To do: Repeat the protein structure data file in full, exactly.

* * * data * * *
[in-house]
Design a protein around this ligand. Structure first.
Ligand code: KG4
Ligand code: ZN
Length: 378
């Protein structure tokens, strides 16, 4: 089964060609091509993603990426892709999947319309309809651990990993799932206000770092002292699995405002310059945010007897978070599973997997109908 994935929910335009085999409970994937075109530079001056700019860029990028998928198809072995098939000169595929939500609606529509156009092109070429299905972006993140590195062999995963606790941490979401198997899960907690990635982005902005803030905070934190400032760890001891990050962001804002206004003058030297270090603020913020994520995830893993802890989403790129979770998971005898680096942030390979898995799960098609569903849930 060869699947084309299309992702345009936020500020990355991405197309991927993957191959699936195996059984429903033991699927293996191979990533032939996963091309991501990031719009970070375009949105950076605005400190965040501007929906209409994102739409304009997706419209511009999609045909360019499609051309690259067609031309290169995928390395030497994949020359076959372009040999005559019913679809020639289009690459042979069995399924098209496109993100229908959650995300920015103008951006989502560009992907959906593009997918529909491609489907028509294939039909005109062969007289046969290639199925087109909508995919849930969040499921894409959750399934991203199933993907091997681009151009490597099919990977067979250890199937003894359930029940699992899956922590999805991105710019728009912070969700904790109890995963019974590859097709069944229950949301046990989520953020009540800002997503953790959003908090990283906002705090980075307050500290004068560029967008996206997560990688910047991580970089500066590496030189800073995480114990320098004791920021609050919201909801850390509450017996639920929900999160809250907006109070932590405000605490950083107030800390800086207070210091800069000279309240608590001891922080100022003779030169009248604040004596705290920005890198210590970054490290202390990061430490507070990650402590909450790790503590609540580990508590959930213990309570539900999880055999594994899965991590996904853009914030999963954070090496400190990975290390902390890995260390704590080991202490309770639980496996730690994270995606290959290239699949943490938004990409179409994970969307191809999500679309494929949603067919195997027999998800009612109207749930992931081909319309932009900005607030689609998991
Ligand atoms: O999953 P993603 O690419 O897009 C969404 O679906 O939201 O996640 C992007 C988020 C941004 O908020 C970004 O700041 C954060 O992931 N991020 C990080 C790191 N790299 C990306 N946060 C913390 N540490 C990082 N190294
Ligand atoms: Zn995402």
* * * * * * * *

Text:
[in-house]
Design a protein around this ligand. Structure first.
Ligand code: KG4
Ligand code: ZN
Length: 378
């Protein structure tokens, strides 16, 4: 089964060609091509993603990426892709999947319309309809651990990993799932206000770092002292699995405002310059945010007897978070599973997997109908 994935929910335009085999409970994937075109530079001056700019860029990028998928198809072995098939000169595929939500609606529509156009092109070429299905972006993140590195062999995963606790941490979401198997899960907690990635982005902005803030905070934190400032760890001891990050962001804002206004003058030297270090603020913020994520995830893993802890989403790129979770998971005898680096942030390979898995799960098609569903849930 060869699947084309299309992702345009936020500020990355991405197309991927993957191959699936195996059984429903033991699927293996191979990533032939996963091309991501990031719009970070375009949105950076605005400190965040501007929906209409994102739409304009997706419209511009999609045909360019499609051309690259067609031309290169995928390395030497994949020359076959372009040999005559019913679809020639289009690459042979069995399924098209496109993100229908959650995300920015103008951006989502560009992907959906593009997918529909491609489907028509294939039909005109062969007289046969290639199925087109909508995919849930969040499921894409959750399934991203199933993907091997681009151009490597099919990977067979250890199937003894359930029940699992899956922590999805991105710019728009912070969700904790109890995963019974590859097709069944229950949301046990989520953020009540800002997503953790959003908090990283906002705090980075307050500290004068560029967008996206997560990688910047991580970089500066590496030189800073995480114990320098004791920021609050919201909801850390509450017996639920929900999160809250907006109070932590405000605490950083107030800390800086207070210091800069000279309240608590001891922080100022003779030169009248604040004596705290920005890198210590970054490290202390990061430490507070990650402590909450790790503590609540580990508590959930213990309570539900999880055999594994899965991590996904853009914030999963954070090496400190990975290390902390890995260390704590080991202490309770639980496996730690994270995606290959290239699949943490938004990409179409994970969307191809999500679309494929949603067919195997027999998800009612109207749930992931081909319309932009900005607030689609998991
Ligand atoms: O999953 P993603 O690419 O897009 C969404 O679906 O939201 O996640 C992007 C988020 C941004 O908020 C970004 O700041 C954060 O992931 N991020 C990080 C790191 N790299 C990306 N946060 C913390 N540490 C990082 N190294
Ligand atoms: Zn995402």